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Parthenia Antoinette Hague, A blockaded family: Life in southern Alabama during the war, Chapter 2: (search)
opped into the boiling syrup. Properly cooked, what nice peanut candy that made! Oil from the peanuts was also expressed for lamps and other uses during war times. In fine, peanuts, ground peas, goobers, and pindars, all one species, though known by all these names, played an important part during the blockade. Many planters who had never grown wheat before were surprised at the great yield of grain to the acreage sown. I well remember hearing a brother of Mrs. G-- , who lived in Troy, Alabama, tell of very highly fertilizing one acre of already rich soil, as a test of what he really could reap from an acre thus treated. The yield went far beyond his most sanguine expectations, for that one acre yielded seventyfive bushels of wheat. Another wealthy planter, living in the village of Glennville, Alabama, had his overseer single out and lay off one acre of very rich hammock land, which was only lightly fertilized, from which he reaped fifty measured bushels. Of course this wa
Southern Historical Society Papers, Volume 22. (ed. Reverend J. William Jones), chapter 1.24 (search)
., Jan. 6, ‘62, May 31, ‘63. Gladney, Samuel M., Assistant Surgeon, Dec. 31, ‘62 (in Kentucky) 24th Mississippi. Resignation accepted by President Jan. 29, ‘64. Appointment returned to Surgeon Gawahl. graves, Amos Leroy, Assistant Surgeon, appointed by Secretary of War June 2, ‘63, to rank from 28th Nov. ‘62, reported to General Bragg, Passed Board Nov. 28, ‘62. Dec. 31, ‘62, 5th Arkansas, Jan. 31, ‘62, 2d Arkansas. Ordered to report to General Pillow, Sept. 3, ‘63, reported from Troy, Ala. graves, Wm. Lomax, Assistant Surgeon, passed Board Dec. 6, ‘62. Dec. 31, ‘62, 6th Arkansas, April 30, ‘63, 6th and 7th Arkansas Regiments, Headquarters A. T. Appointed by Secretary of War June 2, ‘63, to rank from 6th Dec. ‘62, reported to General Bragg. April 30, ‘64, 6th and 7th Arkansas. Grant, James F., Surgeon, passed Board at Murfreesboro Nov. 16, ‘62, Sept. 2d ordered to report to General Van Dorn for duty with 32d Tennessee, Jan. 3, ‘64, Senior Su
ature, says: We have seen some members of both houses and of both parties, this week. From what we could learn or hear, we came to the conclusion that the better opinion leans to the belief that a Convention will be called to consult and act upon the question of Federal relations. Such is the present appearance of things. No definite understanding seems to have been come to as to what course the Convention is likely to adopt. A Moderate view. The Independent American, of Troy, Ala., thinks the zeal of the secessionists outruns their discretion. It says: We are opposed to any action on the part of Alabama until there is a full, free and earnest conference and consultation with the other Southern States. Maryland, Virginia, North Carolina, Tennessee, Kentucky and Missouri, have as deep an interest in this question as the other Southern States--in fact, they have more — and they have a right to be heard. Let us confer with them. Let us hear what they have to s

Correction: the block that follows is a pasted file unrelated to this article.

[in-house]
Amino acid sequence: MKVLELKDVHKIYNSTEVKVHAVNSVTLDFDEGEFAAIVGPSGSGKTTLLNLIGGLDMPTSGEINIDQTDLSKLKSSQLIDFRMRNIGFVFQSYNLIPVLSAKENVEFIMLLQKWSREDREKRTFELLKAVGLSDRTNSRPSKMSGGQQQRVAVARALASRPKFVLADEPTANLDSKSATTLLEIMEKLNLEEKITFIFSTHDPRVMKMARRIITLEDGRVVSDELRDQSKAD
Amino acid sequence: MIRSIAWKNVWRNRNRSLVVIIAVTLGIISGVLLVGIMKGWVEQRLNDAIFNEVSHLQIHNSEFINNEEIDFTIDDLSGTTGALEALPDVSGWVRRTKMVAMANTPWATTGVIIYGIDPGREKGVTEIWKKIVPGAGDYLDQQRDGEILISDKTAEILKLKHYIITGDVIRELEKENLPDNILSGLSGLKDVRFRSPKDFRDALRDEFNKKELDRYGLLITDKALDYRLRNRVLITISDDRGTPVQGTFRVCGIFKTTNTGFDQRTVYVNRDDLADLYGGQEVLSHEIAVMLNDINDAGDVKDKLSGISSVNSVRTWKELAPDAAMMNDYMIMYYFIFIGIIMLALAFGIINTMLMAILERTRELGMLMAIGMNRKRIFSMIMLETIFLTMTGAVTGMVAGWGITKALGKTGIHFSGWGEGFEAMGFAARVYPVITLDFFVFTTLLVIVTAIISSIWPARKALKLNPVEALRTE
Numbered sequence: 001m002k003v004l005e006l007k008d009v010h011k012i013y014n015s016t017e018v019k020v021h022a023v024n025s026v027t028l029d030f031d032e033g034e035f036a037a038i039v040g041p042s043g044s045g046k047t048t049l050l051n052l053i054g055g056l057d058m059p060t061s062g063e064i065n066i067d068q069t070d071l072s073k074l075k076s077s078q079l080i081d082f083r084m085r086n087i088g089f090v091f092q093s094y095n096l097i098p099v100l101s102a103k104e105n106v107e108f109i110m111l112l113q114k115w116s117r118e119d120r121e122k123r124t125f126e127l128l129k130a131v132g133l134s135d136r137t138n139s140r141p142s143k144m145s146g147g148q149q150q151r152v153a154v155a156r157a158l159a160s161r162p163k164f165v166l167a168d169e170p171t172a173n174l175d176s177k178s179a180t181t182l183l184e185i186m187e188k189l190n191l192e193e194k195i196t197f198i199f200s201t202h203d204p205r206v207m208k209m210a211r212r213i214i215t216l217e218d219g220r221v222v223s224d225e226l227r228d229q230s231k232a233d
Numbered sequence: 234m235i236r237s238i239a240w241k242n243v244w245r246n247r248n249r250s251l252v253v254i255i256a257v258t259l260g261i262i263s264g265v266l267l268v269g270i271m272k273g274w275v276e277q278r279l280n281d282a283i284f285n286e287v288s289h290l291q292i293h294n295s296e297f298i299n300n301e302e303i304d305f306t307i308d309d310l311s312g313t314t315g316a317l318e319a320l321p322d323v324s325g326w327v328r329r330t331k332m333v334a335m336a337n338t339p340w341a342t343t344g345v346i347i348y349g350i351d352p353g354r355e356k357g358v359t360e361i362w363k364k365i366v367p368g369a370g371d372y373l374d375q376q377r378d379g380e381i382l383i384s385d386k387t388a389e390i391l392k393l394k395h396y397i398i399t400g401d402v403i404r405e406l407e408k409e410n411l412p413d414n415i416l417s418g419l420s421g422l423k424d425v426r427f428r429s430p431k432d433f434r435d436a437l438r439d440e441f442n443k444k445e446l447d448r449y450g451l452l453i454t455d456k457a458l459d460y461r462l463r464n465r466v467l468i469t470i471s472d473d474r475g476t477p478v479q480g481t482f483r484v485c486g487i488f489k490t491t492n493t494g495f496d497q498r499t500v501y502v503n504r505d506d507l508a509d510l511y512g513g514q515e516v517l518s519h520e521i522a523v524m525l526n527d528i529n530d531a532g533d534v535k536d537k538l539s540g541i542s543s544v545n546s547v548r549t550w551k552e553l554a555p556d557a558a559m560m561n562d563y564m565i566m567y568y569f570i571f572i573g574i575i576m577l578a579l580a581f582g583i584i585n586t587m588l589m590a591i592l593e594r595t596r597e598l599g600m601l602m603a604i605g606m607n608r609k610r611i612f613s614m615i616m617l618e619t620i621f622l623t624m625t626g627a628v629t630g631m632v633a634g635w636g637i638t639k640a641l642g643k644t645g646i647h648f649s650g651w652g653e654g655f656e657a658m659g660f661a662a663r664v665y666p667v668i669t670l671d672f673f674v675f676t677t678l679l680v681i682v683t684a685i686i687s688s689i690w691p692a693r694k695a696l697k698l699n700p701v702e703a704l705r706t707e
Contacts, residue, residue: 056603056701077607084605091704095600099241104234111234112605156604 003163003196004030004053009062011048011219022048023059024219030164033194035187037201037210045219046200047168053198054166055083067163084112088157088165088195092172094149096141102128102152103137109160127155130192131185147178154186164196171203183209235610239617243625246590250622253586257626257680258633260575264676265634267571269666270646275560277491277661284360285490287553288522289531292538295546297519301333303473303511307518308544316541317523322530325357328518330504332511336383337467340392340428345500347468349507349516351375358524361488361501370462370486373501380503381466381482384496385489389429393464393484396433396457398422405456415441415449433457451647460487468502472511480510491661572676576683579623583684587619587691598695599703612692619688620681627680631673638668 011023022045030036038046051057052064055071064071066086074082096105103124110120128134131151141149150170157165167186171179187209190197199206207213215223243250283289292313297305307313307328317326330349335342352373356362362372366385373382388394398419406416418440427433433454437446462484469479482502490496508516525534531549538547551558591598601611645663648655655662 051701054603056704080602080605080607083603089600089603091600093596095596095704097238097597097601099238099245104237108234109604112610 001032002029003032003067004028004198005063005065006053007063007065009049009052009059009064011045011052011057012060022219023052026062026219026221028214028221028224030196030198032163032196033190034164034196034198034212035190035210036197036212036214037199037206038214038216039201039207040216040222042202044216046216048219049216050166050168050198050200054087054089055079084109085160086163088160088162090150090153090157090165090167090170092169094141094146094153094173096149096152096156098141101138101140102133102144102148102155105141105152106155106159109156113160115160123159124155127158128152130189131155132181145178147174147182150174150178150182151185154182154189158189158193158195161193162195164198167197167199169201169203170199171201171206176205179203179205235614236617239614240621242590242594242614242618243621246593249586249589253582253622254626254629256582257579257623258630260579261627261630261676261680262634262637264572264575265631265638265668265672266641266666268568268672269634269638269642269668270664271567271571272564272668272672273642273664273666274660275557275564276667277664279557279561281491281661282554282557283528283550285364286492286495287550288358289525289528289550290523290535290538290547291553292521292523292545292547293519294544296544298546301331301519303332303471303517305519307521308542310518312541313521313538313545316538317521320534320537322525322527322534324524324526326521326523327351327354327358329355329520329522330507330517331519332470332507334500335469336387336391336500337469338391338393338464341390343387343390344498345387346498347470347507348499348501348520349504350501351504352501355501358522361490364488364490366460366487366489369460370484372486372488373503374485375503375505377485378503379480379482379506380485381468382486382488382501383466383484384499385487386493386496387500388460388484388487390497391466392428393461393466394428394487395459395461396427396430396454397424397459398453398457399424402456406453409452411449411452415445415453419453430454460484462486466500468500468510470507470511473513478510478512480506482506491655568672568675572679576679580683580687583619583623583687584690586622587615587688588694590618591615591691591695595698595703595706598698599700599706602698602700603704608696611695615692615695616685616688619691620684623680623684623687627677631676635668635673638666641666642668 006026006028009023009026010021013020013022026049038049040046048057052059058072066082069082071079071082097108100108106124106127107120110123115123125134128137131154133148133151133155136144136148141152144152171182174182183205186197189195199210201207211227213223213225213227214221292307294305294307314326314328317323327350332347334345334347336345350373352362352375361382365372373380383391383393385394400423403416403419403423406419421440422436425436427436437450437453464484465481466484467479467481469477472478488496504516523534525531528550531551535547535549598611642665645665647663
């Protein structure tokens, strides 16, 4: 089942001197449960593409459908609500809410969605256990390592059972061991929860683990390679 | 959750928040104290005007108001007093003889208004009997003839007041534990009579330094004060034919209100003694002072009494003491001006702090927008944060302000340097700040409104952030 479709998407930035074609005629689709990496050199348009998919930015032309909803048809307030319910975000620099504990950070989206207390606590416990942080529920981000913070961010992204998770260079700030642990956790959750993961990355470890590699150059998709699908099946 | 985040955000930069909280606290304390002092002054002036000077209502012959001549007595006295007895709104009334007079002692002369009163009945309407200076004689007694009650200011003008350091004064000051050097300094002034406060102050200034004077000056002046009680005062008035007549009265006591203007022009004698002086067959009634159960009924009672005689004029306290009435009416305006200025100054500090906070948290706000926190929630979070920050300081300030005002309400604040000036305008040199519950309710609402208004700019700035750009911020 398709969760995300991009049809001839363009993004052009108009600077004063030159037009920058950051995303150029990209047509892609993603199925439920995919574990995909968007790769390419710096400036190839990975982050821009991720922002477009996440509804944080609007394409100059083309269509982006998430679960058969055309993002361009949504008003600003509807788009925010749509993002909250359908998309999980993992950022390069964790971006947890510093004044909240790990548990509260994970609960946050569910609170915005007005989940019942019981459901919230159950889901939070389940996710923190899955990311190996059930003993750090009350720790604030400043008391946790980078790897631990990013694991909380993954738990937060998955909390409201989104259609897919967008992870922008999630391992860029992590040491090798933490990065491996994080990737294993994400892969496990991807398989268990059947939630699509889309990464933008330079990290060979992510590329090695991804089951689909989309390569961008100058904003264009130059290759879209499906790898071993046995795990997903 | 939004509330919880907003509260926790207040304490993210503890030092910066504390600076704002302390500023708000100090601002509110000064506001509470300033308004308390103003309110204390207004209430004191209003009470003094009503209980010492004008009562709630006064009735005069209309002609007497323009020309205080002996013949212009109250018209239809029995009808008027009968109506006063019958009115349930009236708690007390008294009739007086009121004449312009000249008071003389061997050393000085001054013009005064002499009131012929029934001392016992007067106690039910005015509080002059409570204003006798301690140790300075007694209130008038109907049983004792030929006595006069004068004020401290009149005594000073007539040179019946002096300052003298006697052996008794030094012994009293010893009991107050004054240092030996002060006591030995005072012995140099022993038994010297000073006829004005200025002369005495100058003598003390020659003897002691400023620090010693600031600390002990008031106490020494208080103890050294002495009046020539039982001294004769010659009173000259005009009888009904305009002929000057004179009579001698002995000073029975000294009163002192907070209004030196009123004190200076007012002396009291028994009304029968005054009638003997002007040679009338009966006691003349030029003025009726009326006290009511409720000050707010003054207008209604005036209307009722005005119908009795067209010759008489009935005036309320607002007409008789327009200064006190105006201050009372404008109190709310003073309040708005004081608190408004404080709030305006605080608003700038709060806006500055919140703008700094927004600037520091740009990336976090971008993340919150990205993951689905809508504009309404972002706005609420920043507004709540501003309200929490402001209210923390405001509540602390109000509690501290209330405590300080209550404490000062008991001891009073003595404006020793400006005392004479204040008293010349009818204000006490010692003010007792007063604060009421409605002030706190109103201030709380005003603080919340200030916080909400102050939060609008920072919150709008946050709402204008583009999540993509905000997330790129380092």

A faithful negro. --A correspondent of the Troy (Ala.) Advertiser, who was engaged in the late bombardment near Pensacola, relates the following noteworthy incident of a faithful negro during the action: "I must tell you about our old servant Jim. Jim is about sixty years of age, and belongs to a Mr. Sinquefield, near Perote. Jim has been in our company for some time as a cook, besides several others — but when the firing commenced every negro left camps in double quick time except Jim, and he stood up to us like a man and offered his services to the company in any way that they thought proper; and he was put to cooking. The pieces of bombs would frequently strike Jim's cook-house, but to no purpose; he would cook the victuals and then carry them to the boys at their guns, during the, hottest of the battle. While passing from the cook-house to the battery, a ball struck the ground so near him that it knocked him down and nearly covered him with sand, but he got up, brus